Archives for posts with tag: New York

11september

It’s raining today on Ground Zero, falling raindrops with tears. Images, pictures, faces that families keep alive – the memory of the 11th September 2001. Thousands of umbrellas give shelter and hide people’s heart from the inquisitive cameras and reflectors, at Ground Zero.

The tragedy of the 11th September 2001 has made clear that who grants security is not safe himself. This has determined a global scared and uncertain atmosphere.

However, the human spirit of survival is stronger. Despite hard events, global economic crisis and other sources of disease, the search of sustainable solutions continues and reinforces. Human beings always try to improve their quality life, most often by repairing their mistakes. For instance, forests are destroyed and, on the other side, new trees are planted. Besides, natural resources are exhausted, while someone is fighting to preserve them.

That’s the never-ending struggle for the human being and the planet where he lives.

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artematica-vitrum_moma_ny

Valcucine’s Artematica Vitrum glass kitchen is currently on display at The Museum of Modern Art (MoMA), in Cellophane House, one of five on-site installations in the exhibition: Home Delivery: Fabricating the Modern Dwelling—on view July 20th through October 20th: http://www.momahomedelivery.org. Part 1 of the exhibit takes us through the history of prefabricated housing with pictures, film and models; Part 2, in an outdoor space to the west of the museum, shows prefabrication as a response to the urgent need for sustainability.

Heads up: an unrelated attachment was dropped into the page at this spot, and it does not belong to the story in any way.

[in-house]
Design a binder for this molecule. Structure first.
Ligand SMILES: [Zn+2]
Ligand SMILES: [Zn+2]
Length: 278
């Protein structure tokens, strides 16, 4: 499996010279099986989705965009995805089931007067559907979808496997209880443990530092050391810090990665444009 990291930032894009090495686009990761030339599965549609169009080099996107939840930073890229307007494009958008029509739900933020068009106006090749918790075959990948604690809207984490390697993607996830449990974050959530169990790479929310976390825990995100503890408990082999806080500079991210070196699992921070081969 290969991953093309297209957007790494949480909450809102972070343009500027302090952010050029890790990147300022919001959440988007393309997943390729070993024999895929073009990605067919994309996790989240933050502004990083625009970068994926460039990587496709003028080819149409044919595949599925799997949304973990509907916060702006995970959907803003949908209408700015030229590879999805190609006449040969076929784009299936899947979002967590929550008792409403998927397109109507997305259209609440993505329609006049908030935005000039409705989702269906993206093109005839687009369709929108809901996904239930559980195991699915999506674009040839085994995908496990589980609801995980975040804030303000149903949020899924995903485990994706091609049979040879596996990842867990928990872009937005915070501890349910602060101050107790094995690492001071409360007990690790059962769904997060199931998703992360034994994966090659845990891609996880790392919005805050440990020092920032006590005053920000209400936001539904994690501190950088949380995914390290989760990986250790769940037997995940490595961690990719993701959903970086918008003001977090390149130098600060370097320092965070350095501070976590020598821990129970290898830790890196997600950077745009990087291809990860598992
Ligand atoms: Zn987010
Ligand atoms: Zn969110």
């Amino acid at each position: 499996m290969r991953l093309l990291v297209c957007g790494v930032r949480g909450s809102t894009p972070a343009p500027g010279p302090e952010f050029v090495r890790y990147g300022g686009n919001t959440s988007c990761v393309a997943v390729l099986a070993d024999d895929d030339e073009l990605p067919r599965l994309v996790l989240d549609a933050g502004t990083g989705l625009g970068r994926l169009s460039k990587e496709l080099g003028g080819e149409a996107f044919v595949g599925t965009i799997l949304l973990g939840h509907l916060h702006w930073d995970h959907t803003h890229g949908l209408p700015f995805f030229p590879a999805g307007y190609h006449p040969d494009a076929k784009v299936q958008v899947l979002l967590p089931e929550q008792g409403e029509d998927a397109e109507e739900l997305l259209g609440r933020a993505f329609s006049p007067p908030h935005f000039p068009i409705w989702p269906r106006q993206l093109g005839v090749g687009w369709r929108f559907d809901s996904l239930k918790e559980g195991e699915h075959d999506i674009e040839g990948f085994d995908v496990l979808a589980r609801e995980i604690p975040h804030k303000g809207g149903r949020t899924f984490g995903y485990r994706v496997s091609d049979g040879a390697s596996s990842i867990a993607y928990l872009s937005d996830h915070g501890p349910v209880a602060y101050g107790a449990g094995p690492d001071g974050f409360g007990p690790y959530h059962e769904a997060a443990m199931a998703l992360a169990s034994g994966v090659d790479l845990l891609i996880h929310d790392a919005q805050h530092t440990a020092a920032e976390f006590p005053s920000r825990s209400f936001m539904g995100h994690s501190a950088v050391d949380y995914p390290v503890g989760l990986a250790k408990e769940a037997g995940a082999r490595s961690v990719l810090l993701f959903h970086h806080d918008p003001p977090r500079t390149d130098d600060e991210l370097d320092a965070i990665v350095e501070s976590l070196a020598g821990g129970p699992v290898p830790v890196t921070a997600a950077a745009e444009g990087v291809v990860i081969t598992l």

Cellophane House is a full-scale prototype house that radically reinvents the way buildings are made: an aluminum frame serves as a matrix on which fabricated floors, ceilings, stairs are attached by bolted connections. The house is an impermanent object to be disassembled—not demolished—at the end of its life. Valcucine’s Artematica Vitrum kitchen makes ecological sense in the context of KieranTimberlake’s Cellophane House. For more than a quarter century, Gabriele Centazzo (chemist, engineer and head designer of Valcucine) has been committed to environmental integrity. Centazzo says, “On the brink of the third millennium, practical and ethical reasons oblige us to make a U-turn, transforming the destructive economy of the industrial era into a system that restores health to our planet and improves the quality of our life.”

Valcucine’s Artematica Vitrum cabinetry— like Cellophane House—uses an aluminum structural frame for support. Gabriele Centazzo presented Artematica, its first “dematerialized” panel, in 1988. The cabinet fronts are less than ¼” thick tempered glass, the worktops ½” thick. Artematica’s aluminum frame reduces the amount of material used in the cabinet door by 85%, extending the life of hinges and joints, prolonging the life of the kitchen. Vitrum expresses Gabriele Centazzo’s passion for glass: made from an almost inexhaustible natural material (sand), glass is completely recyclable and sustainable, harder than steel, resistant to humidity and totally emission free. The Artematica Vitrum cabinet fronts in Cellophane House are white gloss, the countertop matte ebony glass. The entire kitchen is easy to dismantle, and labeled for recycling.

spiderman_global_warming

Alain Robert aka Spiderman in his last climbs, in New York and Frankfurt, showed a clear eco message to warn everyone about global warning.

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